Regards Anita Simmance

  4. I have been waiting for the evertite frame since March. Traditional Stitches says they dont know when they will shop and I dont think they get answers from the supplier. So I was fascinated to see this article in my inbox this morning. I think they offer the complete set if I understand the description correctly. In your article you say you took a short cut and sewed the frabric to the holes. According to the text in their description this is how it should be done. Am I interpreting it correctly? “The straight sides allow you to tighten the fabric in both directions without distortion. The tighter the fabric the better the resulting piece of embroidery. Both the warp and the weft direction of the ground fabric can be sewn onto the frame before the pins are added to the stretcher bars. A small set of holes have been added to the main rails to allow you to sew the fabric on without the threads wrapping around the outside of the frame.” I just completed a small goldwork project and want to do others. I really wanted the evertite frame because I don’t particularly look forward to leaving slate frame. But cutting corners may not be best. So if these frames will we work and it is the complete set, I am going to order a set.

    1. Hi, Elizabeth – they’re talking about lacing the frame – you’re lacing through the holes rather than around the frame. On most slate frames, there’s webbing on those roller bars, so that you’re sewing the fabric to the webbing first, and just lacing the sides. But this particular frame requires you to lace the sides all around. The pins added to the stretcher bars are the cotter pins that go in the sides, to hold the roller bars apart and apply tension to them. You can use a slate frame more effectively than most other frames, if you’re trying to maintain good tension over a long period of time, because you can adjust the tension with the lacing on the sides, etc. However, it’s a lot of work – more so than Evertite stretcher bars. Yes, I’d heard that there was a hiccup in the Evertite chain. I don’t know if Evan Burroughs – the guy who invented them and holds the patten – is still making them or not. :-/ They’re such an excellent stretcher bar frame. It would be a shame to see them disappear from the market!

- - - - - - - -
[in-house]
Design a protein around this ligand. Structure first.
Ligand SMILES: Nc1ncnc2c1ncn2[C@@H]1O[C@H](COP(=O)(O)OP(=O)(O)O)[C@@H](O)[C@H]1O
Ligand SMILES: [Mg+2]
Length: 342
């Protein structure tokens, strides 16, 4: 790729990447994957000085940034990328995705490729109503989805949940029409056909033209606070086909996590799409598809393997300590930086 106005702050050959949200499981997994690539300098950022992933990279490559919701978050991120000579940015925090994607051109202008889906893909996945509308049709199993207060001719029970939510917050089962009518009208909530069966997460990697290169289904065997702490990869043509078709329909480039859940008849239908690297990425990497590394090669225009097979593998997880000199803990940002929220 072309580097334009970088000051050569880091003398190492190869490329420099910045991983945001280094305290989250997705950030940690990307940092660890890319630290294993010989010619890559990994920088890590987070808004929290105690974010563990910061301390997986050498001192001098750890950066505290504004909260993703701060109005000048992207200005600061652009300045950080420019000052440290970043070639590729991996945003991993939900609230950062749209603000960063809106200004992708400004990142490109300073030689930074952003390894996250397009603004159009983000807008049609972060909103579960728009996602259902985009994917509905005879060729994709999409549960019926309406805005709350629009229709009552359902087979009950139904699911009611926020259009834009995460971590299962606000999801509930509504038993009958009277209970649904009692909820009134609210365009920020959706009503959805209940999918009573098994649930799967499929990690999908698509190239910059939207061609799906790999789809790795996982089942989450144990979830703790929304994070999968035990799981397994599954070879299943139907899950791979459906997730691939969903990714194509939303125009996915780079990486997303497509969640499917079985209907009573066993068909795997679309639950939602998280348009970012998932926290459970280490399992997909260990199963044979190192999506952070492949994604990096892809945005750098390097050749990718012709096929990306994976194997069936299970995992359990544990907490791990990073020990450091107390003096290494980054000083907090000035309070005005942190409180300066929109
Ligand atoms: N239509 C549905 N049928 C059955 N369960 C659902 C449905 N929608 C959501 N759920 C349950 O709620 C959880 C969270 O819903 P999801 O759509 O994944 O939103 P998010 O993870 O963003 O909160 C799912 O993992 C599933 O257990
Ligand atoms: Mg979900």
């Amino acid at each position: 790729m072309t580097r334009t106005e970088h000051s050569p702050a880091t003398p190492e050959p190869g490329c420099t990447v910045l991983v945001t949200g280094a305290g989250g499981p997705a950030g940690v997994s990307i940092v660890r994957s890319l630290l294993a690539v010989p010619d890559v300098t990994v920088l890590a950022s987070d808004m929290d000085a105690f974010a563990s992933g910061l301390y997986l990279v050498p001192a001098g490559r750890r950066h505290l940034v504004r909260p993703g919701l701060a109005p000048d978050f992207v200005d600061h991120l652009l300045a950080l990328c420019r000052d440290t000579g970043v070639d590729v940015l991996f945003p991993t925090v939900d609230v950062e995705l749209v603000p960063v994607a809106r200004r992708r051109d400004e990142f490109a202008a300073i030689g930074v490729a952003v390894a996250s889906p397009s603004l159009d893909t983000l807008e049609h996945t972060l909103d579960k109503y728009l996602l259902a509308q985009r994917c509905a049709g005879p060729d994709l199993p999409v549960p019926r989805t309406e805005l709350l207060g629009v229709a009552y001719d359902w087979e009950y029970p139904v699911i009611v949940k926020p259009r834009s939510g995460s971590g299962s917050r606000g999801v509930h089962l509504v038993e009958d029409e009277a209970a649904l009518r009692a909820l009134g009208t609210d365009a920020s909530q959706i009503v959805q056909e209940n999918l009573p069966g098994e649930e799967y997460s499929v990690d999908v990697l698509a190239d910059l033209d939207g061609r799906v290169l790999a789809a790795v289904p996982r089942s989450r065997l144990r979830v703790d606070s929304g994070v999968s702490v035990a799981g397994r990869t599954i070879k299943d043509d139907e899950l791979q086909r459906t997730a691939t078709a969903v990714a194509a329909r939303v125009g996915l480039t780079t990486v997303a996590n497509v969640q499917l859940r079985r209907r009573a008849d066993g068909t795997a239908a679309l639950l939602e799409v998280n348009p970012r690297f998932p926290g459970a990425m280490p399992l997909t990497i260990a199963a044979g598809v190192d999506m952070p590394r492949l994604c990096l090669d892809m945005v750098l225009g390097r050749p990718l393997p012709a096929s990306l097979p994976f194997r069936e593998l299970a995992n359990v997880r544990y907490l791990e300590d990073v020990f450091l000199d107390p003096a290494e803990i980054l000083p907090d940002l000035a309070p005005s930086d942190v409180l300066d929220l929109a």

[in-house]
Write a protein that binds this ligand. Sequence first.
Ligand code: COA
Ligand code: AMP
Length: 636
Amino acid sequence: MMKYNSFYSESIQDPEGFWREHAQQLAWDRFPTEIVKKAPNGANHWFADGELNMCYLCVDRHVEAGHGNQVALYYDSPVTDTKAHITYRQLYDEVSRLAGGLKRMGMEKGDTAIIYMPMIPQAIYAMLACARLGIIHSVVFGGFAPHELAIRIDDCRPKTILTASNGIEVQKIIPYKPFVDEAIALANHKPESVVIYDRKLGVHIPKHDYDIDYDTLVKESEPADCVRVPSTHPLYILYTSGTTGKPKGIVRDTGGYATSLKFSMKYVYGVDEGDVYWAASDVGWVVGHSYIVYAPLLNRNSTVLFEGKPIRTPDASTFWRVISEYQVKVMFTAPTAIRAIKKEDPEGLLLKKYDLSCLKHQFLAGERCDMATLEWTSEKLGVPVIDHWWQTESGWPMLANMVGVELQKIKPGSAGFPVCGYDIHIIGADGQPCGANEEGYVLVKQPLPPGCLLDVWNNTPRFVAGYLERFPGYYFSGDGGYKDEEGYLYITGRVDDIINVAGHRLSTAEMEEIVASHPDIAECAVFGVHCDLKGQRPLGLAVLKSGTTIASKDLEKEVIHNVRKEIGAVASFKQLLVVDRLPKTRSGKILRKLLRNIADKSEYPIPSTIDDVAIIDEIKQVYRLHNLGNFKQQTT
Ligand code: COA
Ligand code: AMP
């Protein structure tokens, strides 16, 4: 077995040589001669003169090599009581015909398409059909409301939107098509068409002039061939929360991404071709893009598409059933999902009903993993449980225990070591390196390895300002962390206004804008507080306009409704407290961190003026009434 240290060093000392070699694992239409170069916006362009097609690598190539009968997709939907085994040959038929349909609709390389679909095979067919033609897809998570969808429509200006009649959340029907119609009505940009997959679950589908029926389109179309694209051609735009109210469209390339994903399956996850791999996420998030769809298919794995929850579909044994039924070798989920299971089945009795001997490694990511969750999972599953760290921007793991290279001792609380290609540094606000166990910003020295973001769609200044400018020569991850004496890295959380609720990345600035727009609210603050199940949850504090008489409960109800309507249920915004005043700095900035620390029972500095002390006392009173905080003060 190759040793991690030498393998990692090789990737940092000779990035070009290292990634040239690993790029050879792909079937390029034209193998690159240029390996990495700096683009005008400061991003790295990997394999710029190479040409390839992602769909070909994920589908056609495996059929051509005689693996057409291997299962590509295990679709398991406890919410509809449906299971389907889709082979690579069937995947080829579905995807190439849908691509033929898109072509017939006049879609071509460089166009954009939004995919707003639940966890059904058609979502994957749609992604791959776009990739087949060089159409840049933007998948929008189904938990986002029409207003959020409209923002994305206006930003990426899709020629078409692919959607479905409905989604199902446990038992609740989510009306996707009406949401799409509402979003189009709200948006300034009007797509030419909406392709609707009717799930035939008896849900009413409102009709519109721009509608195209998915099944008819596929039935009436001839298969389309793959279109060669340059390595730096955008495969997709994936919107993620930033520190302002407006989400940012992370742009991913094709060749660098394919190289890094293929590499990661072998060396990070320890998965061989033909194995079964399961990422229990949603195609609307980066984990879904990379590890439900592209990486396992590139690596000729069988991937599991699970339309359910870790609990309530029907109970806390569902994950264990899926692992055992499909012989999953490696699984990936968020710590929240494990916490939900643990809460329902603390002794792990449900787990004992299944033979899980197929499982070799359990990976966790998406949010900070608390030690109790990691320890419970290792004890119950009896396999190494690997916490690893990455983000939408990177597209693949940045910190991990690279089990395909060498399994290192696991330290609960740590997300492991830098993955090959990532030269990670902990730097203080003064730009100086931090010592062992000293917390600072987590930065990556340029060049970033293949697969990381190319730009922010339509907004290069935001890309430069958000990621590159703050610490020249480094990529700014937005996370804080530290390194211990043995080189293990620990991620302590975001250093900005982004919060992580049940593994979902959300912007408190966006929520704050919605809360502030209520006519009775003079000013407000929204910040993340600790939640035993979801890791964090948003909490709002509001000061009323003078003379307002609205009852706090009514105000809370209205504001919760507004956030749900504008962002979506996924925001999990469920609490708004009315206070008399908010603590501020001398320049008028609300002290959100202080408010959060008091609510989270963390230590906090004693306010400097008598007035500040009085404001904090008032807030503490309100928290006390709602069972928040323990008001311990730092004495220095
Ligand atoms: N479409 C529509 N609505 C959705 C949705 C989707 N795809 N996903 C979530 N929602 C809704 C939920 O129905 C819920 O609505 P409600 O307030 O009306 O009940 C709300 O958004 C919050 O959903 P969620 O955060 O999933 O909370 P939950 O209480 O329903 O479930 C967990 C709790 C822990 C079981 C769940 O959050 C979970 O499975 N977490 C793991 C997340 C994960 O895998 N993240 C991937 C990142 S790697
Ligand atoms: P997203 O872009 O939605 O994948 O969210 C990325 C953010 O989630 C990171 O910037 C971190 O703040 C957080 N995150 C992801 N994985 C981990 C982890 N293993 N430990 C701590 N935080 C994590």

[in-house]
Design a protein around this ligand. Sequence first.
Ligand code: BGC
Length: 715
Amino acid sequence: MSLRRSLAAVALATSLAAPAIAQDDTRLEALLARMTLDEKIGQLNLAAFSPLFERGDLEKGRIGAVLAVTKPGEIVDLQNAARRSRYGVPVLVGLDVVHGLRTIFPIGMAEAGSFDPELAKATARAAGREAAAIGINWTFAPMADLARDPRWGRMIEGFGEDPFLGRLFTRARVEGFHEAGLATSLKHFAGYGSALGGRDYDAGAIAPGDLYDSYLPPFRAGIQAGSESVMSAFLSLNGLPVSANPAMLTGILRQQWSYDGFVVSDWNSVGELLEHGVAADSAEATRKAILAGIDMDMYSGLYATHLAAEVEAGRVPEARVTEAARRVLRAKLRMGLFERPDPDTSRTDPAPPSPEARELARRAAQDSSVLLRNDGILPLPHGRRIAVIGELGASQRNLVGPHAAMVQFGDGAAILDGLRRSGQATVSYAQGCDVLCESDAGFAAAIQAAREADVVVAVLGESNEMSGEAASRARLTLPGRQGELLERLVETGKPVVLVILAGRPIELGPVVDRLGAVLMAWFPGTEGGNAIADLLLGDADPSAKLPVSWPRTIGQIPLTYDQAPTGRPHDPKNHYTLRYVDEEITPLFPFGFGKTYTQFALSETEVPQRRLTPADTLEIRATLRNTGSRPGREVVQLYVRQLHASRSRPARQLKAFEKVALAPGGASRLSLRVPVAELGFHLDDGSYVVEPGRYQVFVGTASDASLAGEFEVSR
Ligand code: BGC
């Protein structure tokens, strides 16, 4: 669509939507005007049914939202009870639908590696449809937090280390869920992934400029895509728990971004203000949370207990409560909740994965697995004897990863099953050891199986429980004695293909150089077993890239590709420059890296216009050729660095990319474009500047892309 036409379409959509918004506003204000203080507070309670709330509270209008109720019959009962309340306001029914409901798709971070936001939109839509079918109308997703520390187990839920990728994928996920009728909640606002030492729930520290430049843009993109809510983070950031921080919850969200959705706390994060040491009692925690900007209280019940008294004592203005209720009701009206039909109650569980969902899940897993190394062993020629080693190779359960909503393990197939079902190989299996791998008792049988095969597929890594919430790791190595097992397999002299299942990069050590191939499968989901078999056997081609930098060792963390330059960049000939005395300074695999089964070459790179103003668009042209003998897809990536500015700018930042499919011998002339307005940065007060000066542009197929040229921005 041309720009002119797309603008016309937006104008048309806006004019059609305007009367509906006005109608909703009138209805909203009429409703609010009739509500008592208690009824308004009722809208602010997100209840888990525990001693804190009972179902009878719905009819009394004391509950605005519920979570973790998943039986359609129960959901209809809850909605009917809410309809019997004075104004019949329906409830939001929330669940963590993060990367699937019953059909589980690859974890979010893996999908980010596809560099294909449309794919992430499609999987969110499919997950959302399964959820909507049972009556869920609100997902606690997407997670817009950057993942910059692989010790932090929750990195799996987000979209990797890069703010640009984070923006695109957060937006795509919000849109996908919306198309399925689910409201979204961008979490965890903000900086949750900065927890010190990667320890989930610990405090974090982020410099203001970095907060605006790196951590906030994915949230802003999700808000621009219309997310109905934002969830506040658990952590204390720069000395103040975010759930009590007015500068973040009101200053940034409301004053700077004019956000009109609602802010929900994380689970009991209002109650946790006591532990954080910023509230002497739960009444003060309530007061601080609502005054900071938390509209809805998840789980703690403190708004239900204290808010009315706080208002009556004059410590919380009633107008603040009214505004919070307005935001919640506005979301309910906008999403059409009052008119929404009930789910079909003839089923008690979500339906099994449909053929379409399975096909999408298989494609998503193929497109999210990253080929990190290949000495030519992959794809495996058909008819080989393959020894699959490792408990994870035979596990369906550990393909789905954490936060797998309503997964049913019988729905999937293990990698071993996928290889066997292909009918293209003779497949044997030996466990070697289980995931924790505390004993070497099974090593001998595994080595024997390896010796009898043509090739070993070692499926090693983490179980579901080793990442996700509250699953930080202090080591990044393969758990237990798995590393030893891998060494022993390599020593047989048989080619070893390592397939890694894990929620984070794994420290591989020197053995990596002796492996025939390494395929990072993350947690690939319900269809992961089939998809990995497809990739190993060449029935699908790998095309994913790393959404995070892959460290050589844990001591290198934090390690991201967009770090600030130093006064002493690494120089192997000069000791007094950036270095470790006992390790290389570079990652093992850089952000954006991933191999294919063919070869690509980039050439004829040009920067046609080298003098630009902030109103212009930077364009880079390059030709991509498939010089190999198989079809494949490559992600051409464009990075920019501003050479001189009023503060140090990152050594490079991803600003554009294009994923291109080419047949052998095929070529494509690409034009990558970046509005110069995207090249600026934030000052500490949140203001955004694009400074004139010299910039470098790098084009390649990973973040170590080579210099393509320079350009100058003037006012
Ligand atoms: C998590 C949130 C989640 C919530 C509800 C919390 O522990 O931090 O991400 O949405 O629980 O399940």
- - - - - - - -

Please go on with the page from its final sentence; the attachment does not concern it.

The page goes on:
5. Hi, Mary
    Thanks for the interesting article about the slate frame, I now have one on the way, I’ve a couple of questions though. I’ve never used a slate frame as they seemed a bit complicated but I’m going to take the plunge. How wide should the twill tape be? I asked TF Woodcraft and Tania said I didn’t need it but from your comment about tension I think I would like to try with it. My second question is about the linen thread to ‘sew’ the fabric to the frame. I’ve looked at Etsy, such a useful place, and there are zillions of different thicknesses and qualities, could you give me a few tips please about how to find my way through the linen forest to the right thread tree please. It will be your leafy tree that will be strung up as the first sacrificial victim on my first slate frame, but I will be very gentle to it.

    1. You really don’t need the twill tape. If you want to ensure even tension, add a strip of cotton (I use wide bias tape, folded in half) to your fabric, and follow the lacing instructions that come with the frame.

      I’m just toying with the idea of the twill tape – I haven’t done it yet, so I don’t know how wide I would go. It’s something I’ll have to experiment with.